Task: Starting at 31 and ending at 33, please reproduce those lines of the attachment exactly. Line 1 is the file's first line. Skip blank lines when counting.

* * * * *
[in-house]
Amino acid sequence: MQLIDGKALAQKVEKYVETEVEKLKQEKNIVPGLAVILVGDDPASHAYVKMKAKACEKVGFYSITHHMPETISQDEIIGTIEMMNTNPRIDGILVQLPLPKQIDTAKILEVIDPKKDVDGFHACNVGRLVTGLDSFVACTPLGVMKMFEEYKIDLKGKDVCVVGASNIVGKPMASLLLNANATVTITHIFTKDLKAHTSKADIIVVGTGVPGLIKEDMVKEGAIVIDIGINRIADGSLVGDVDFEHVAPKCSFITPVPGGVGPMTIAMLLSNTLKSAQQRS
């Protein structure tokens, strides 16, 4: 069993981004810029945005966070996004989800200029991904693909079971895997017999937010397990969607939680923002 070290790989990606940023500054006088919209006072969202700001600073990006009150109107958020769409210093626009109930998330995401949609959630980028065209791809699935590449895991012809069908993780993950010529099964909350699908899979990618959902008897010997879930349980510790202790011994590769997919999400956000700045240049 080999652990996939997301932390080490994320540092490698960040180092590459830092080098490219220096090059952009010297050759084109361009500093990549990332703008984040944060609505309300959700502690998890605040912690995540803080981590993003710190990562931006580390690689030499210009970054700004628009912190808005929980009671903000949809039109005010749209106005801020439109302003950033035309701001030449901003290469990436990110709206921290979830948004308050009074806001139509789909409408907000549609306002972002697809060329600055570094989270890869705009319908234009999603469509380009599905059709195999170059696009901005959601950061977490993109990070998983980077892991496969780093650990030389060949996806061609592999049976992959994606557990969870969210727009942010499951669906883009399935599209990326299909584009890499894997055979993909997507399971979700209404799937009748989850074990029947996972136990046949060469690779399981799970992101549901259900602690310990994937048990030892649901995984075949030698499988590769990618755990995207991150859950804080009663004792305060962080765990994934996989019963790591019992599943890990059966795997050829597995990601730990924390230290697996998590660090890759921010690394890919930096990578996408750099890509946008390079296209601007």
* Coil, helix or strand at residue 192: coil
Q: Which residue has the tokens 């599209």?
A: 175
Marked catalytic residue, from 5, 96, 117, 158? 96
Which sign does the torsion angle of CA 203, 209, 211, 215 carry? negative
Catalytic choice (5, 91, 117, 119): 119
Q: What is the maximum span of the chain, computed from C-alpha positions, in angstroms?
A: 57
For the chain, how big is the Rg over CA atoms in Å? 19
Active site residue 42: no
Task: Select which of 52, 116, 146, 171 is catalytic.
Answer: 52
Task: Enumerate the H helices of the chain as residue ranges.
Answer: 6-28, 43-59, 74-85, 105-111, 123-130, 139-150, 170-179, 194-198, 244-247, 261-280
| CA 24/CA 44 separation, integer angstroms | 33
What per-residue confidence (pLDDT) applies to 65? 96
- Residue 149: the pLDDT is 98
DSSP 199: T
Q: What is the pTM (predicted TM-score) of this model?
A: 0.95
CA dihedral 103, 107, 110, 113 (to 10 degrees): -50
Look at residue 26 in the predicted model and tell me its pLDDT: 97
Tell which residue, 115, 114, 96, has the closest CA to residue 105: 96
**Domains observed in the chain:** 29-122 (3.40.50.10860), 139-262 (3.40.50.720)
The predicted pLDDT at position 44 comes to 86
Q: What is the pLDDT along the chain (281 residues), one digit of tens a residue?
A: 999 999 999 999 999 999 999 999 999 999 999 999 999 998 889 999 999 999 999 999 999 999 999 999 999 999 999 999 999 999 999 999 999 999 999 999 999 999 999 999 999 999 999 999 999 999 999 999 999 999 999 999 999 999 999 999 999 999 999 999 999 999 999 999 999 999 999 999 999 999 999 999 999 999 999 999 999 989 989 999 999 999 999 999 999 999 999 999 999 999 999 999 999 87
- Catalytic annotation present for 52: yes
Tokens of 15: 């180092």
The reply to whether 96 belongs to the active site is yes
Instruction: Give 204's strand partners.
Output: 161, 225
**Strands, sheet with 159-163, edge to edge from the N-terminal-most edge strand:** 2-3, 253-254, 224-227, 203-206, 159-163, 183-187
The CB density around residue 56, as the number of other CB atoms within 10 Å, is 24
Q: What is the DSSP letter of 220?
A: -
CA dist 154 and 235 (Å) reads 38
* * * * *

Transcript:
- Catalytic annotation present for 52: yes
Tokens of 15: 């180092």
The reply to whether 96 belongs to the active site is yes